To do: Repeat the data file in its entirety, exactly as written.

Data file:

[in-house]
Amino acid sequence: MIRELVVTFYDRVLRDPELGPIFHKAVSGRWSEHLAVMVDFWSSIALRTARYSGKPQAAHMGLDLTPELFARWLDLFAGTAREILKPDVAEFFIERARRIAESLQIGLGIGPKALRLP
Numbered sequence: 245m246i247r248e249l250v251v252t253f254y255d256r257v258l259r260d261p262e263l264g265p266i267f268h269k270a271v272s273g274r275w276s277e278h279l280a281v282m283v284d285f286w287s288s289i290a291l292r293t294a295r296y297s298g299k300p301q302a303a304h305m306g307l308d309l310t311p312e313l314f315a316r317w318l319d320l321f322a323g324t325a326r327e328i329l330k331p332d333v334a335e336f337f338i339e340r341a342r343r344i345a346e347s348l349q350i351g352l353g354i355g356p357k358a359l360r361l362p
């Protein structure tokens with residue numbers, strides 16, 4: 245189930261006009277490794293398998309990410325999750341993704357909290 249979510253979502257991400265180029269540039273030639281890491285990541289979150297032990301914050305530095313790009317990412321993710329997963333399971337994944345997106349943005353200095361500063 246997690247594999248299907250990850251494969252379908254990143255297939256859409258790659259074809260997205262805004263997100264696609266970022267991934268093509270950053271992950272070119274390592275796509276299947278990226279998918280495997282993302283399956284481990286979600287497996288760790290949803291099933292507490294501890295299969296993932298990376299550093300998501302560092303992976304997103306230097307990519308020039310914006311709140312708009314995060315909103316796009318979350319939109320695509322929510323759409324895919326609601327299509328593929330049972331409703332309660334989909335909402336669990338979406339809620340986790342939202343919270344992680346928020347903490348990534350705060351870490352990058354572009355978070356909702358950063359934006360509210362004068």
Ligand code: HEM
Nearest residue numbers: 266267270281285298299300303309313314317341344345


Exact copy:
[in-house]
Amino acid sequence: MIRELVVTFYDRVLRDPELGPIFHKAVSGRWSEHLAVMVDFWSSIALRTARYSGKPQAAHMGLDLTPELFARWLDLFAGTAREILKPDVAEFFIERARRIAESLQIGLGIGPKALRLP
Numbered sequence: 245m246i247r248e249l250v251v252t253f254y255d256r257v258l259r260d261p262e263l264g265p266i267f268h269k270a271v272s273g274r275w276s277e278h279l280a281v282m283v284d285f286w287s288s289i290a291l292r293t294a295r296y297s298g299k300p301q302a303a304h305m306g307l308d309l310t311p312e313l314f315a316r317w318l319d320l321f322a323g324t325a326r327e328i329l330k331p332d333v334a335e336f337f338i339e340r341a342r343r344i345a346e347s348l349q350i351g352l353g354i355g356p357k358a359l360r361l362p
């Protein structure tokens with residue numbers, strides 16, 4: 245189930261006009277490794293398998309990410325999750341993704357909290 249979510253979502257991400265180029269540039273030639281890491285990541289979150297032990301914050305530095313790009317990412321993710329997963333399971337994944345997106349943005353200095361500063 246997690247594999248299907250990850251494969252379908254990143255297939256859409258790659259074809260997205262805004263997100264696609266970022267991934268093509270950053271992950272070119274390592275796509276299947278990226279998918280495997282993302283399956284481990286979600287497996288760790290949803291099933292507490294501890295299969296993932298990376299550093300998501302560092303992976304997103306230097307990519308020039310914006311709140312708009314995060315909103316796009318979350319939109320695509322929510323759409324895919326609601327299509328593929330049972331409703332309660334989909335909402336669990338979406339809620340986790342939202343919270344992680346928020347903490348990534350705060351870490352990058354572009355978070356909702358950063359934006360509210362004068």
Ligand code: HEM
Nearest residue numbers: 266267270281285298299300303309313314317341344345